There’s no denying the very clear and sometimes effective thoroughness and seriousness of the new Showtime limited series “Escape at Dannemora” about the famous real-life prison break there in 2015. The series has a stellar cast—Benicio Del Toro, Patricia Arquette and Paul Dano, just for starters—with Ben Stiller directing and joining the effort at tackling the subject matter head-on.

    But the subject matter is one of the main things that trips up Escape at Dannemora and there’s not much that Stiller or a fine cast can do about it. Prison break stories, no matter how weird—and there’s some deep oddness to the story here—are often easily bogged down by the seemingly eternal effort to get out, a major problem exacerbated here by the surprising amount of excess fat created by deep-diving into the lives of the major characters over seven-plus hours. Which is the other big problem—most people are in prison for a reason, in this case murder, and no matter how much a granular look at their lives in the present creates empathy and frames a new perspective on their characters, these people are ultimately not angels. “Escape at Dannemora” takes great pains to conceal that inherent flaw by not revealing the full darkness at the heart of the main characters until the penultimate episode, but by then the overwhelming slowness has become a major deterrent—even when patches in most episodes have their riveting moments.

    Writers and executive producers Brett Johnson (“Ray Donovan,” “Mad Men”) and Michael Tolkin (“Ray Donovan,” “The Player”), along with fellow executive producer Michael De Luca (“The Social Network,” “Moneyball”) and Stiller, spent about a year in the North Country of upstate New York, location of the Clinton Correctional Facility (known by locals as Dannemora because that’s the town it dominates), before filming started. They wanted to get to know the people, the culture of the town, etc. You can see some of what they gleaned in the portrayal of Arquette’s character, Joyce “Tilly” Mitchell, who worked at the prison as an inmate supervisor in the garment shop and ended up becoming involved sexually with both David Sweat (Dano) and Richard Matt (Del Toro) before aiding their escape, allegedly the first in the prison’s 170-year history.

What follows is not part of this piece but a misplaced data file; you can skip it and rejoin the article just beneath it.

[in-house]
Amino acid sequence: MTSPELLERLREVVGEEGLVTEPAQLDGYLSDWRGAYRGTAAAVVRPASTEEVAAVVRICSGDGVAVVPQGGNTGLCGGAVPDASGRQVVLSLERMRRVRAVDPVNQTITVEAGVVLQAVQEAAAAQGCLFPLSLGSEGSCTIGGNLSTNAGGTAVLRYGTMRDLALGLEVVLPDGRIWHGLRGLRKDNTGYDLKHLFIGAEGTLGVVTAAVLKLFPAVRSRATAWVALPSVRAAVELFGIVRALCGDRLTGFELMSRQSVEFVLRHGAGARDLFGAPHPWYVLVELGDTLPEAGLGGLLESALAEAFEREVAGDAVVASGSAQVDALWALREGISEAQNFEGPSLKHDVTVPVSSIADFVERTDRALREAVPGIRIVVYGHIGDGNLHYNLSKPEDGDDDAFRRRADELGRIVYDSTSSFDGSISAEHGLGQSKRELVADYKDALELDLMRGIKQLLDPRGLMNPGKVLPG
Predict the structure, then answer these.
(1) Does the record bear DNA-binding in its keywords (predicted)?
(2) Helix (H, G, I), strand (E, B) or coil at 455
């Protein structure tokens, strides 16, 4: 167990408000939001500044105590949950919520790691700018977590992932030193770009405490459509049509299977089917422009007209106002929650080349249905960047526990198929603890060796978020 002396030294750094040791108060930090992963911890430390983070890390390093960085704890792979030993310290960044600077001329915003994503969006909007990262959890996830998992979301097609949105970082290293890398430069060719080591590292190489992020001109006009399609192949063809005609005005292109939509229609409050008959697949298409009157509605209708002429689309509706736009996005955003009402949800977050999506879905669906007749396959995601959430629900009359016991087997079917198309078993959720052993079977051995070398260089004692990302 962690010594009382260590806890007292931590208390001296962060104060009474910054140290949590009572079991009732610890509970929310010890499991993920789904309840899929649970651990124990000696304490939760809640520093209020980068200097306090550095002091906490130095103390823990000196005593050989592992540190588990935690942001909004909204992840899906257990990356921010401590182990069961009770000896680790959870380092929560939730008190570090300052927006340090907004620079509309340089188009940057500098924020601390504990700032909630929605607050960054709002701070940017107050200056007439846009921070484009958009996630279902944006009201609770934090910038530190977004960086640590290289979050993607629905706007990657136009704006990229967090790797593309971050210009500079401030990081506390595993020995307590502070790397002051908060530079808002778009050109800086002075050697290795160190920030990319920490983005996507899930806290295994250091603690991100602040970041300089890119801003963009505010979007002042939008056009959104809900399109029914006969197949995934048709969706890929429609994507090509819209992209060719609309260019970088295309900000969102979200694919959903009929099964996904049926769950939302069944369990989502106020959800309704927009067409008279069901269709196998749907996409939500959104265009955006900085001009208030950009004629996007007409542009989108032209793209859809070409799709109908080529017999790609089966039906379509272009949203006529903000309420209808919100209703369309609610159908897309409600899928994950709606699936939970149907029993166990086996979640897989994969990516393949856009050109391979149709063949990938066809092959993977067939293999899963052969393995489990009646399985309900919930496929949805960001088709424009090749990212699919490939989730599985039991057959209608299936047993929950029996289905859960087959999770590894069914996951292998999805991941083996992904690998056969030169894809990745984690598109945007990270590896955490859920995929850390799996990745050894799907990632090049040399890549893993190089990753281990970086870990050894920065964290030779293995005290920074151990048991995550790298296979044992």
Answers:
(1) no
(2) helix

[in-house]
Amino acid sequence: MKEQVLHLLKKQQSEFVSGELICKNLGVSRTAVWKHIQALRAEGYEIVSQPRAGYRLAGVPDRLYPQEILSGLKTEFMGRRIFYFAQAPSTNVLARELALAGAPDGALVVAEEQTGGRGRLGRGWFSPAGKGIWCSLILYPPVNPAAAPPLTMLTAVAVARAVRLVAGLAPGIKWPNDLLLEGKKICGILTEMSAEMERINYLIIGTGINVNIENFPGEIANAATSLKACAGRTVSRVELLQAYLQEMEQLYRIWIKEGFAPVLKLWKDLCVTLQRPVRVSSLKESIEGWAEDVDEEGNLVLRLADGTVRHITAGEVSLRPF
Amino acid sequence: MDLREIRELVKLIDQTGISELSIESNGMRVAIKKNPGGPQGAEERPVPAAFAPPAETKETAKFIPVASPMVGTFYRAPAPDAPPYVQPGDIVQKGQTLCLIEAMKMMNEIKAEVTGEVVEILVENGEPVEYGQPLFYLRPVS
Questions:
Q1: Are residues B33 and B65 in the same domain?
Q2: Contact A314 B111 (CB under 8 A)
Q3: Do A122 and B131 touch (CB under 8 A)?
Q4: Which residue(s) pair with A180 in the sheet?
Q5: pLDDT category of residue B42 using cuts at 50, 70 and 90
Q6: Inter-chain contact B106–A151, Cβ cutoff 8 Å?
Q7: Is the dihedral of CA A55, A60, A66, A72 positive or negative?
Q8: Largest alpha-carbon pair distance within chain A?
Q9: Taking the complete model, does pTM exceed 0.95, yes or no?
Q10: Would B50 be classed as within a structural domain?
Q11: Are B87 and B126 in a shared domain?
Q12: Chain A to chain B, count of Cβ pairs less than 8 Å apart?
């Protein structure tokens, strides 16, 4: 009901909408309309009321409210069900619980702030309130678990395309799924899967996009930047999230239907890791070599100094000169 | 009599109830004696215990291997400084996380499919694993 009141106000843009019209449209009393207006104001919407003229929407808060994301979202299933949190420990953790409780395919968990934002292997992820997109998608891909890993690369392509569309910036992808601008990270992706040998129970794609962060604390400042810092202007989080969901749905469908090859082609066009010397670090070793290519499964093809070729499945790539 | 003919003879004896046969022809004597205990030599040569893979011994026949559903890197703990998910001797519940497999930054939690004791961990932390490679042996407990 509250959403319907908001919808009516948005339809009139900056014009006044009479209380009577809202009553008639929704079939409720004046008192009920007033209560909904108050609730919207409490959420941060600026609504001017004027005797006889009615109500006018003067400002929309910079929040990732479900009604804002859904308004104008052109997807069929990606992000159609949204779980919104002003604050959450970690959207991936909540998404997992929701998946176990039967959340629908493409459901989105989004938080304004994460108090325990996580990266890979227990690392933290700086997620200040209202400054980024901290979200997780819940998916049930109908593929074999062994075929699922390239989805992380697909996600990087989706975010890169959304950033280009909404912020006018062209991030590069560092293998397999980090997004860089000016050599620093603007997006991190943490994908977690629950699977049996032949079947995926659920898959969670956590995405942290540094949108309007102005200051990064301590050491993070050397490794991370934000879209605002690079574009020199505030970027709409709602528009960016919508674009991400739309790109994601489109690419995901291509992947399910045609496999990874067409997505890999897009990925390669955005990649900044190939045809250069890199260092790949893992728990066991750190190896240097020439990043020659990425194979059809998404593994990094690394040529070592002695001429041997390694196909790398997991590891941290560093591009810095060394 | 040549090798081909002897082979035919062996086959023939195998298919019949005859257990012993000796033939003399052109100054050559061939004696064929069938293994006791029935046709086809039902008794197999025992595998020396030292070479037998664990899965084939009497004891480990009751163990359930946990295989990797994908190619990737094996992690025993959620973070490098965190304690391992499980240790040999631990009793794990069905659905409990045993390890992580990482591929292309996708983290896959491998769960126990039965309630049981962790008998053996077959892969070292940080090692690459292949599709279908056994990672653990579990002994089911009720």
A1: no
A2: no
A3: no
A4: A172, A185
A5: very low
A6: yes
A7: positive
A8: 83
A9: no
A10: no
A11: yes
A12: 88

Tilly is pretty awful—deeply twisted in a back-country, uneducated kind of way. The level of detail the series gets into with Tilly and her husband, Lyle (Eric Lange), allows both actors to deliver exceptionally committed performances, heavy on the disdain Tilly felt for Lyle and Lyle’s own open-hearted but dimwitted ways. Each character is dominated—and enough emphasis can’t be put on this—by seriously bad dental issues and minor speech impediments, further enhanced by the characters’ rural speech patterns. Why is this ultimately a big deal? Because as long stretches of “Escape at Dannemora” begin to feel like they are dragging, it becomes a distinct distraction. Though Lange’s all-in performance gives Lyle a sympathetic layer, especially since we know his dopey demeanor is being taken advantage of, Arquette’s Tilly at some point becomes so relentlessly annoying and unlikable that there’s no emotional connection to her bad deeds. You want her to get caught. By the sixth episode “reveal” of each character’s heart of darkness, it is Tilly’s the audience will end up being least surprised by since they’ve already seen it incessantly in action.